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Home :: Archive :: 2000 :: March ::
Re: Romeo Must Die
The Shakespeare Conference: SHK 11.060  Tuesday, 28 March 2000.

[1]     From:   Jimmy Jung <
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        Date:   Monday, 27 Mar 2000 11:46:59 -0500
        Subj:   Romeo Must Die / spoilers

[2]     From:   Karen Peterson-Kranz <
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        Date:   Tuesday, 28 Mar 2000 14:09:52 +1000
        Subj:   Re: SHK 11.0574 Re: Romeo Must Die


[1]-----------------------------------------------------------------
From:           Jimmy Jung <
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Date:           Monday, 27 Mar 2000 11:46:59 -0500
Subject:        Romeo Must Die / spoilers

My sincere apologies to Tanya Gough and anyone else.  Normally I mark
the divulging of significant plot points as "spoilers."  In all honesty,
I didn't think I gave away that much.  In all honesty, I didn't think
there was much of a plot to give away.  And normally, within the
Shakespeare world, we all know all the plots.  On the other hand, please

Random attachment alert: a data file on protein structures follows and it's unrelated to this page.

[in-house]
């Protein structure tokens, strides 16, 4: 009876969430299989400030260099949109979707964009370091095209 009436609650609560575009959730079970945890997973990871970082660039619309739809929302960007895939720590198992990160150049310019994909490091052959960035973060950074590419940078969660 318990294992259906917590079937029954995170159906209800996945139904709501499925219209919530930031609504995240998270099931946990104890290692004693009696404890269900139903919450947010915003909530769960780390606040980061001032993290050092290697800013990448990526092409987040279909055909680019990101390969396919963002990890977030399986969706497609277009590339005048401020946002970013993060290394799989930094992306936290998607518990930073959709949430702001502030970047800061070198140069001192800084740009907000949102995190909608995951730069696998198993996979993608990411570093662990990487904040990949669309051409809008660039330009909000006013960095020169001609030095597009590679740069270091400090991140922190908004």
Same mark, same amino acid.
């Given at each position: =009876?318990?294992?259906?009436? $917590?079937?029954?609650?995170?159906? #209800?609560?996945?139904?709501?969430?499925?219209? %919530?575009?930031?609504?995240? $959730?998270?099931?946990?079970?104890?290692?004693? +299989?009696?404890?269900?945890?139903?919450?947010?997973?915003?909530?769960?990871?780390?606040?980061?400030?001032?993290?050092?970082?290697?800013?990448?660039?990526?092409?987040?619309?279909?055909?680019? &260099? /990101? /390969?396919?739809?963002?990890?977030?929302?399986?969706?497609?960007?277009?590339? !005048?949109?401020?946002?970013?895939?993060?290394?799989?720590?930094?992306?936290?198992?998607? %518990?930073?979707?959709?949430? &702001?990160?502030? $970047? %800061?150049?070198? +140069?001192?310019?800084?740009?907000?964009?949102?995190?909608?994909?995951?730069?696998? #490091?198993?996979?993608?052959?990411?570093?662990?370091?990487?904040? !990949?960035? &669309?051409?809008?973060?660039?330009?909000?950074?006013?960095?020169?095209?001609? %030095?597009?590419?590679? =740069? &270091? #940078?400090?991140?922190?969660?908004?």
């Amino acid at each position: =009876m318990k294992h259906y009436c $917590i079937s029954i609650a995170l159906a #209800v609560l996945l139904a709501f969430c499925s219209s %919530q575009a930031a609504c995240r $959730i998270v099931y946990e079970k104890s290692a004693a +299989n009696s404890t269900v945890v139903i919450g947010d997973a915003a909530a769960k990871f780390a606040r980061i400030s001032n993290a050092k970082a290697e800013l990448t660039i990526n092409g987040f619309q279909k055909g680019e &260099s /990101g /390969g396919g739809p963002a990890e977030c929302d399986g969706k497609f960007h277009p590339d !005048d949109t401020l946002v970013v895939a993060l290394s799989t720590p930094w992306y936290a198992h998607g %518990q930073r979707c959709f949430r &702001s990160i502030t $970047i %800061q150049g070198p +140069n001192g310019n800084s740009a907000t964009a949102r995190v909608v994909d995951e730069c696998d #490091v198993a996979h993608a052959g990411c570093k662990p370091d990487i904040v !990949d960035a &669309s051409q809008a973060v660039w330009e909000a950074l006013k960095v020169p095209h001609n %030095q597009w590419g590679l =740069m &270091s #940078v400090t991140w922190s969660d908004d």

don't tell me how Timon ends.  There's a rumor it might get produced in
my town next years and I'm looking forward to the surprise.

Again, my apologies.

Jimmy

[2]-------------------------------------------------------------
From:           Karen Peterson-Kranz <
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Date:           Tuesday, 28 Mar 2000 14:09:52 +1000
Subject: 11.0574 Re: Romeo Must Die
Comment:        Re: SHK 11.0574 Re: Romeo Must Die

Tanya Gough wrote:

>As for other martial arts Shakespeares, Kurosawa's Ran (King Lear) and
>Throne of Blood (Macbeth) are superb examples of Samurai translations.
>I do not know yet of other Hong Kong spin offs.

I definitely don't want to be snippy, especially in response to anything
Tanya writes, since she and Poor Yorick provide such a valuable service
to all of us, especially those like me who live in far-flung corners.
But...

It simply isn't accurate, nor is it far, to suggest that the two
Kurosawa films Tanya mentions, Ran and Throne of Blood, are part of the
"martial arts" genre.  In many ways, to classify them simply as "samurai
translations" is oversimplifying as well.  True, they use medieval Japan
as their setting.  But these films go far beyond their genre.  You
simply must see them; you may not agree with me that Throne of Blood is
the finest interpretation (note: not a "version") of Macbeth on film,
but both are essential viewing.

Thank you for humoring my nitpicking, Tanya.  And thank you for bringing
these two Kurosawa films to the attention of those who may not yet be
familiar with them.

Cheers,
Karen Peterson-Kranz
 

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